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3 things Blackhawks can learn from Bruins in retooling

Boston has successfully retooled around a core of stars, while Chicago has been outside the playoff bubble for three straight seasons. What’s the difference?

Boston Bruins v Detroit Red Wings”t Photo by Dave Reginek/NHLI via Getty Images

The Blackhawks and Bruins are two of the most successful NHL franchises during the past dozen years, with an obscene number of regular season points and playoff series wins.

In 2020, however, the Blackhawks are on track to miss the playoffs for a third straight season, while the Bruins are on pace for a Presidents’ Trophy win — their first since 2013-14, the season after Boston lost to Chicago in the Stanley Cup Final.

Chicago, in fact, hasn’t won a playoff series since defeating the Lightning in the 2015 Cup Final, while the Bruins — who missed the postseason in 2015 and 2016 — are coming off a heartbreaking loss in Game 7 of the Cup Final last June against a mutual rival in the Blues.

Look, the Blackhawks won three championships in six years and hold an advantage over every team in the category in the shootout era. When it comes to figuring out how to adapt to an ever increasingly fast paced game within the constraints of a salary cap, the Bruins have navigated those waters much more smoothly.

Here are three reasons why:

Draft hits

The 2014 NHL draft was a massive success for the Bruins, who took 2019-20 co-leading goal scorer and right wing David Pastrnak with the No. 25 overall pick. They also added center Ryan Donato (later flipped for center Charlie Coyle), center Danton Heinen (traded this season for left wing Nick Ritchie) and left wing Anders Bjork, all of whom have become regular NHLers. Other key additions via the draft include left wing Jake DeBrusk (2015, No. 14), defensemen Brandon Carlo (2015, No. 37) and Charlie McAvoy (2016, No. 14) and Jack Studnicka (2017, No. 53), all of whom will play huge roles in future success.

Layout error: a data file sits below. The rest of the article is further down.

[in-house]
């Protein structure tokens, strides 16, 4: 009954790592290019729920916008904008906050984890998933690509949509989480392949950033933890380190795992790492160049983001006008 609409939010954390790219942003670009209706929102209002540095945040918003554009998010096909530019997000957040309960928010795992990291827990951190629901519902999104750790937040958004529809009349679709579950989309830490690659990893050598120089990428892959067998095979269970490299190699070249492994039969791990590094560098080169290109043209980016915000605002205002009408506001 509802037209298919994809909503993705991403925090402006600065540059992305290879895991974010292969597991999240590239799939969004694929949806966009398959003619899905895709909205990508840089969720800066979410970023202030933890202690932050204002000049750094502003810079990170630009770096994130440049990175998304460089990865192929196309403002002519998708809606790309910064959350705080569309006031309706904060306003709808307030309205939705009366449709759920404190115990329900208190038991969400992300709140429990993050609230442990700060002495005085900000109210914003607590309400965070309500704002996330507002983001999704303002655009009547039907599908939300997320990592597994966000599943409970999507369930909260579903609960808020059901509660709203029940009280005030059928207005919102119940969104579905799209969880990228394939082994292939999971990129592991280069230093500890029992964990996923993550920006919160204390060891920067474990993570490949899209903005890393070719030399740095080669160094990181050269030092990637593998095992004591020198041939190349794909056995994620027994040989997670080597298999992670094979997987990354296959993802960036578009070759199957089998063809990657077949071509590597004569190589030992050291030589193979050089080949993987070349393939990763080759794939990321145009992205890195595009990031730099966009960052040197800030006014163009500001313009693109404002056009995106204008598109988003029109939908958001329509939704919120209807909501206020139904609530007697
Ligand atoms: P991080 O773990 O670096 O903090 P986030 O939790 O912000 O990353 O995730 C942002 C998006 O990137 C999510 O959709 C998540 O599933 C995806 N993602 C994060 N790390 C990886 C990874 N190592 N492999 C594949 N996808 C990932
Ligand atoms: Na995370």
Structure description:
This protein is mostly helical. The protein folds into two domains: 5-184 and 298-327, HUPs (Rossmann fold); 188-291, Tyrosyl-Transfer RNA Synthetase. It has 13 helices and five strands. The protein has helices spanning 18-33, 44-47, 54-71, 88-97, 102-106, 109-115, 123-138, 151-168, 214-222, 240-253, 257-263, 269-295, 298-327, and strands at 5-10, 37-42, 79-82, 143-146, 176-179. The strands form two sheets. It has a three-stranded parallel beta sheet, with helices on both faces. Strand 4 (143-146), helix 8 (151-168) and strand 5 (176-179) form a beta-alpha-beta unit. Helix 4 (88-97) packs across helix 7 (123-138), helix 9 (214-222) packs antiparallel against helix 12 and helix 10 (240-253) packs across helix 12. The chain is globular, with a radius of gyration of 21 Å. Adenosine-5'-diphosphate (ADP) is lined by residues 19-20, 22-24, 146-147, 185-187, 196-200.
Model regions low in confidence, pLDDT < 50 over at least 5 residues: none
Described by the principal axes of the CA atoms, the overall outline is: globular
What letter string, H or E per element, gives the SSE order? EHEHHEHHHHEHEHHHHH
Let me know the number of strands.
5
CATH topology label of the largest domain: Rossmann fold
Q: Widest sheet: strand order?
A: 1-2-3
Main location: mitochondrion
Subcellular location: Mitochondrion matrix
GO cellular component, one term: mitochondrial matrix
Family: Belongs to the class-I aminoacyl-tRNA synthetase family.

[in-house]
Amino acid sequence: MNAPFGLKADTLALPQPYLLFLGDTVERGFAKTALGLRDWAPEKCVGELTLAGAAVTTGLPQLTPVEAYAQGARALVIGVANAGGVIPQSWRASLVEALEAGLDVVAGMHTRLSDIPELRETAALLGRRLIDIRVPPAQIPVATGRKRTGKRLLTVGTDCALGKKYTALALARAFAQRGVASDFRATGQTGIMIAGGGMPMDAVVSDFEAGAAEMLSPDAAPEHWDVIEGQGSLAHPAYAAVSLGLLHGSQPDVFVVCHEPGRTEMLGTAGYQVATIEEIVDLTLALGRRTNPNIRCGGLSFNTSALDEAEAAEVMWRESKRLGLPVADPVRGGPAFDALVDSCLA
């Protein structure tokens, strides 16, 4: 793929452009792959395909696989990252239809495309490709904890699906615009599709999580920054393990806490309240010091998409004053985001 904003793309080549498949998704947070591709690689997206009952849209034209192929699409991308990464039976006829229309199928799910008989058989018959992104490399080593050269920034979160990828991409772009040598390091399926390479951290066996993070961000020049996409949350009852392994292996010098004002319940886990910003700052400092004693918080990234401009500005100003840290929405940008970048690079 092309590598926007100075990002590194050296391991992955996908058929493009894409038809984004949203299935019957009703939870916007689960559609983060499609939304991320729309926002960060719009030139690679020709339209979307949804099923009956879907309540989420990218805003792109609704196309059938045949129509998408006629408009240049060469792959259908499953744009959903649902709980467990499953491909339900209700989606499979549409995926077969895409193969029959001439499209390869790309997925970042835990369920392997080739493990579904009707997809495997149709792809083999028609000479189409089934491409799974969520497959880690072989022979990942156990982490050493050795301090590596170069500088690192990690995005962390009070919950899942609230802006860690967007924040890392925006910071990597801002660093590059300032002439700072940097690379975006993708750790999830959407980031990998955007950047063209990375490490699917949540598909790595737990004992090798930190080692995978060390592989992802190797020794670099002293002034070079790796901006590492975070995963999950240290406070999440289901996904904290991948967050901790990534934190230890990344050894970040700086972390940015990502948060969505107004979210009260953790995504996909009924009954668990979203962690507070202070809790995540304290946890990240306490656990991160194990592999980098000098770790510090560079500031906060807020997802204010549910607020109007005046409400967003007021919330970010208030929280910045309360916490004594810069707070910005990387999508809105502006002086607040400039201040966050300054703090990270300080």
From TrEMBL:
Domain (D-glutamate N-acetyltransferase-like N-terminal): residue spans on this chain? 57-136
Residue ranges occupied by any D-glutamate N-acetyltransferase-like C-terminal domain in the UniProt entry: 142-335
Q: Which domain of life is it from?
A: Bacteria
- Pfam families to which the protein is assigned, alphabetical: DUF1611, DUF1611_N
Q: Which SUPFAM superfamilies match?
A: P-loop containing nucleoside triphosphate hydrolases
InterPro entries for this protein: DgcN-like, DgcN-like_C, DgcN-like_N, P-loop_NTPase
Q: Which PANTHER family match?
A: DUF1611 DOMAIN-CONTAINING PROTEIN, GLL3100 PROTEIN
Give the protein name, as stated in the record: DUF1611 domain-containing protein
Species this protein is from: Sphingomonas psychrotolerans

Successful coaching change

Bruins fans were dismayed when then head coach Claude Julien was fired in 2017, but it didn’t take too much to realize the 2011 Cup winner had run his course in Boston. Enter AHL affiliate coach Bruce Cassidy, who has guided the Bruins to a regular season record of 161-66-34 on top of an Eastern Conference championship in 2019. The post Joel Quenneville era in Chicago has been less than inspiring, to say the least.

Julien focused on a heavy, defensively-minded system, and to great effect as the Bruins bullied their way to a Cup win over the Canucks in 2011. Cassidy’s mandate was to help Boston general manager Don Sweeney transform the Bruins into a more up-tempo squad that relies more on speed and skill, surrounding the veteran core with young talent the new coach worked with in the AHL.

It’s a good reminder that roster composition and coaching style must go hand in hand.

Salary cap buy-in

This is where the Bruins have set themselves apart: managing to convince key players to re-sign for well below market value. The trio of center Patrice Bergeron ($6.875 million), Pastrnak ($6.66M) and left wing Brad Marchand ($6.125M) earn less than center Jonathan Toews and right wing Patrick Kane combined, and they’re producing at elite levels. Carlo and McAvoy recently agreed to team-friendly bridge deals as restricted free agents, and only center David Krejci ($7.25M) and goaltender Tuukka Rask ($7M) have anything even close to a questionable contract. If Sweeney can convince defenseman Torey Krug to re-sign, he might be given a key to the city.

It might be too late for the Blackhawks to learn lessons from the Bruins that can be used to build around their winning core from days past.

Toews, Kane and defenseman Brent Seabrook (at the very least) were handed deals that hamstrung Chicago cap-wise; draft misses (Alex DeBrincat aside) failed to replenish the system with affordable talent; and Jeremy Colliton has not proven to be a suitable replacement for a legendary coach.

A wholesale rebuild may not be possible, but Chicago general manager Stan Bowman and company should focus more on the future than trying to push square pegs through round holes.